Application Notes for Cloning & Synthetic Biology
    Publications related to Cloning & Synthetic Biology
  1. Gehring, A.M., Zatopek, K.M., Burkhart, B.W., Potapov, V., Santangelo, T.J., Gardner, A.F 2019. Biochemical reconstitution and genetic characterization of the major oxidative damage base excision DNA repair pathway in Thermococcus kodakarensis DNA Repair (Amst). , PubMedID: 31841800, DOI: 10.1016/j.dnarep.2019.102767
  2. Anton, B.P., Morgan, R.D., Ezraty, B., Manta, B., Barras, F., Berkmen, M. 2019. Complete genome sequence of Escherichia coli BE104, an MC4100 drivative lacking the methionine reductive pathway Microbiol Resour Announc. 8 (29), PubMedID: 31296691, DOI: 10.1128/MRA.00721-19
  3. Potapov, V., Ong, J.L., Kucera, R.B., Langhorst, B.W., Bilotti, K., Pryor, J.M., Cantor, E.J., Canton, B., Knight, T.F., Evans, T.C., Lohman, G.J.S. 2018. Comprehensive profiling of four base overhang ligation fidelity by T4 DNA ligase and application to DNA assembly ACS Synth Biol. 7 (11), PubMedID: 30335370, DOI: 10.1021/acssynbio.8b00333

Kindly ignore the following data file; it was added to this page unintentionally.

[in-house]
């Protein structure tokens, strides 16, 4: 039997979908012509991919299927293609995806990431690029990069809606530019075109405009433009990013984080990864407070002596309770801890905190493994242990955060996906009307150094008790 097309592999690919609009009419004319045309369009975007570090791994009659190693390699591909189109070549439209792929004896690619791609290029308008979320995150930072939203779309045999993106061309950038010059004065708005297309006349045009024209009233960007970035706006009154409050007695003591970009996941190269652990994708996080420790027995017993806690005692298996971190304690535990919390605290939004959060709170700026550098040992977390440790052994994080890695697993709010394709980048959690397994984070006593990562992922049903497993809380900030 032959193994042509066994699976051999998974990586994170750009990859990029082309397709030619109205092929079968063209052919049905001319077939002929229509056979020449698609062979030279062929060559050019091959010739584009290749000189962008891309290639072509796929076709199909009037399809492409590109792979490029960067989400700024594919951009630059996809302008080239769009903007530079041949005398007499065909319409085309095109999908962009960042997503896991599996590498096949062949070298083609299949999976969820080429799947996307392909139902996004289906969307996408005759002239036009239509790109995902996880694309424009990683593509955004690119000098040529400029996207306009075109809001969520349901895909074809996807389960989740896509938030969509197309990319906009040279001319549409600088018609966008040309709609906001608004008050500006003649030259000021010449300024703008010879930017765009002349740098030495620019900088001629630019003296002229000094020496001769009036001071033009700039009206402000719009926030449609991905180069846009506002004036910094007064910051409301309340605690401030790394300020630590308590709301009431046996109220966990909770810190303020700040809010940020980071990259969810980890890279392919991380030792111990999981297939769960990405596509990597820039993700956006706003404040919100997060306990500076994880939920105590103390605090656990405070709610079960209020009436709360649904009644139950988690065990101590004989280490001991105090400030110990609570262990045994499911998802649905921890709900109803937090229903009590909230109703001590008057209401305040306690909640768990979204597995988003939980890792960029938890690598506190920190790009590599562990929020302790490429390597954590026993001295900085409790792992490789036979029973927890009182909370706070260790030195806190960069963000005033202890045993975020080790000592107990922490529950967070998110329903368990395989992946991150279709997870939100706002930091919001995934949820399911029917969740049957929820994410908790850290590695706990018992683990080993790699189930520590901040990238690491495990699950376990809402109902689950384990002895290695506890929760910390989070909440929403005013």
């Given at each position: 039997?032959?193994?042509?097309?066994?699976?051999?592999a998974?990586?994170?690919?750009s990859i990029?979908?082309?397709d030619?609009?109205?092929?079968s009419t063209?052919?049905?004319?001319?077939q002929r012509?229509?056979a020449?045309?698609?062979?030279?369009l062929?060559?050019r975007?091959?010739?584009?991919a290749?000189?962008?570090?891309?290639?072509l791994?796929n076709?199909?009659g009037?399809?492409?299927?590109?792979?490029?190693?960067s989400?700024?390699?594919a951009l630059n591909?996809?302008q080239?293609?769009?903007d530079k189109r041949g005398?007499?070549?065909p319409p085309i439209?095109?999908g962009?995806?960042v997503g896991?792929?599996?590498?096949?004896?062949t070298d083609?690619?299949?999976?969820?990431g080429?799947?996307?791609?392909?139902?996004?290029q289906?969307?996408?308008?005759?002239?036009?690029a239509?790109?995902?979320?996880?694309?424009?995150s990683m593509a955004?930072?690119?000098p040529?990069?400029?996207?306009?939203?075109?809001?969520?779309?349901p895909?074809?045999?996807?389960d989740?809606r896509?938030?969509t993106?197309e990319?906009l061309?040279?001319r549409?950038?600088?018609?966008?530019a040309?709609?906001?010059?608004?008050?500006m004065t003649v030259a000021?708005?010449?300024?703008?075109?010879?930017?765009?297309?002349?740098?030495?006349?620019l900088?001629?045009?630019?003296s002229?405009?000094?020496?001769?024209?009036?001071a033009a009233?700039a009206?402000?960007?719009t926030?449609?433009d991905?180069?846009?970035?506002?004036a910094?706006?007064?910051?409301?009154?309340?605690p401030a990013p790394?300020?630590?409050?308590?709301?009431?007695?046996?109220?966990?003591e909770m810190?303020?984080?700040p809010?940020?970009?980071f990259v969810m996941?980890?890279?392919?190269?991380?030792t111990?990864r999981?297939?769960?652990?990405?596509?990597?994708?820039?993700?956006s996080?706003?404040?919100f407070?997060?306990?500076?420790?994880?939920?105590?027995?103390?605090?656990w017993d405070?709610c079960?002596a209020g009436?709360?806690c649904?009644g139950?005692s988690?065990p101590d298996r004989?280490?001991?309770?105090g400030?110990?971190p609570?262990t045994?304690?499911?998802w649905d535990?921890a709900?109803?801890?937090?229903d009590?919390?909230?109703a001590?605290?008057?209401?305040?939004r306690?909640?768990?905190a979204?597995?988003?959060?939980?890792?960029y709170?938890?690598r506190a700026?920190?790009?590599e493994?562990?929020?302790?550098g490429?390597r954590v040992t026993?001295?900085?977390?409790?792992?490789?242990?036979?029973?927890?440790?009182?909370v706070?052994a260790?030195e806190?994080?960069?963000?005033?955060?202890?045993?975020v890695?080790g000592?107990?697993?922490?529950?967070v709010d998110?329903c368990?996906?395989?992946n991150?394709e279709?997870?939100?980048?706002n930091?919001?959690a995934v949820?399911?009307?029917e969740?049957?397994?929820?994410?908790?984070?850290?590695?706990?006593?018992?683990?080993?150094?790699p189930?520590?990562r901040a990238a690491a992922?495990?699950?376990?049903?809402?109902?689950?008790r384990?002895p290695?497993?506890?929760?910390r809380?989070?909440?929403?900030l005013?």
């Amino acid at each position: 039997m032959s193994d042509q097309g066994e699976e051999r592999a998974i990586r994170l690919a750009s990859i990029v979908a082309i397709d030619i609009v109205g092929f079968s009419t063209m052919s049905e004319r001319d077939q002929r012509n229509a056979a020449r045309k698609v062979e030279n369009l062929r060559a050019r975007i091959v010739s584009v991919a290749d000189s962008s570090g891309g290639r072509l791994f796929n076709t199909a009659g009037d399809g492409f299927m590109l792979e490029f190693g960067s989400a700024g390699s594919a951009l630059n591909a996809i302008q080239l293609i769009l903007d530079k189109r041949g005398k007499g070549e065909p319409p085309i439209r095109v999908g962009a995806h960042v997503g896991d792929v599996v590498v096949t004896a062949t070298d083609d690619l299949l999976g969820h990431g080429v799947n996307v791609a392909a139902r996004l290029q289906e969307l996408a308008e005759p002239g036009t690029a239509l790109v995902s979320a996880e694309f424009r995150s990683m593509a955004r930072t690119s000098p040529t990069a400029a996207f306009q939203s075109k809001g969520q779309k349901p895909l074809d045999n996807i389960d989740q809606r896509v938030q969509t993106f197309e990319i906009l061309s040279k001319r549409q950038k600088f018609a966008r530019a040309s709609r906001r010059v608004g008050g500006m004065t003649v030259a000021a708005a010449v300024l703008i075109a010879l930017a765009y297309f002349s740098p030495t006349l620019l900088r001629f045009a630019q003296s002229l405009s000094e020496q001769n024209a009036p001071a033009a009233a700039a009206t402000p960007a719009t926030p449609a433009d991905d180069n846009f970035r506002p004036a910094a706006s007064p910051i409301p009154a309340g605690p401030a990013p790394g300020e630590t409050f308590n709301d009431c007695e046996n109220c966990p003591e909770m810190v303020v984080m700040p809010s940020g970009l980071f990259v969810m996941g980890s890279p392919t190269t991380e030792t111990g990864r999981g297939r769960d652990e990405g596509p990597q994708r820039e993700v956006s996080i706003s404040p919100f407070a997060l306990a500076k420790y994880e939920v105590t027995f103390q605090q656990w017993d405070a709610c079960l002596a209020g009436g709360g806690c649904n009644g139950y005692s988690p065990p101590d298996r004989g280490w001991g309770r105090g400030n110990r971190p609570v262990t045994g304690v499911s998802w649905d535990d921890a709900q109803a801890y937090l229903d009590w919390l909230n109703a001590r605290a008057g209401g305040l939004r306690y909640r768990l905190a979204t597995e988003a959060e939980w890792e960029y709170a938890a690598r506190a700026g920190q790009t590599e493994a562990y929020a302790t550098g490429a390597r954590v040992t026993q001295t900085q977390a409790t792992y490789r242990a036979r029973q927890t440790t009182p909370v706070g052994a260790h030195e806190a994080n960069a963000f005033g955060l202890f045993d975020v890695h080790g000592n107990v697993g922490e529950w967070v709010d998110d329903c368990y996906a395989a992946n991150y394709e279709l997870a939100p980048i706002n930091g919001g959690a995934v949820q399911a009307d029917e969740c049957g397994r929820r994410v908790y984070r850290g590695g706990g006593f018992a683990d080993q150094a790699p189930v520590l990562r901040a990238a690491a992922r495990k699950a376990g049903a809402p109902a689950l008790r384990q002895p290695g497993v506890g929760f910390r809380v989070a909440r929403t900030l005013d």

4. Ke, Na; Berkmen, Mehmet; Ren, Guoping; 2017. A water-soluble DsbB variant that catalyzes disulfide-bond formation in vivo Nat Chem Biol. 13, PubMedID: 28628094, DOI: 10.1038/nchembio.2409
  5. Shah, S., Sanchez, J., Stewart, A., et al. 2015. Probing the Run-On Oligomer of Activated SgrAI Bound to DNA PLoS One. 10(4), PubMedID: 25880668, DOI: 10.1371/journal.pone.0124783.
  6. Roberts, R.J., Vincze, T., Posfai, J., Macelis, D. 2015. REBASE - A database for DNA restriction and modification: enzymes, genes and genomes Nucleic Acids Res. 43, PubMedID: 25378308, DOI:
  7. Roberts, R.J., Vincze, T., Posfai, J., Macelis, D. 2014. REBASE - A database for DNA restriction and modification: enzymes, genes and genomes Nucleic Acids Res. , PubMedID: , DOI:
  8. Mauris, J.and Evans, T.C., Jr. 2010. A human PMS2 homologue from Aquifex aeolicus stimulates an ATP-dependent DNA helicase. J Biol Chem. 285(15), PubMedID: 20129926, DOI: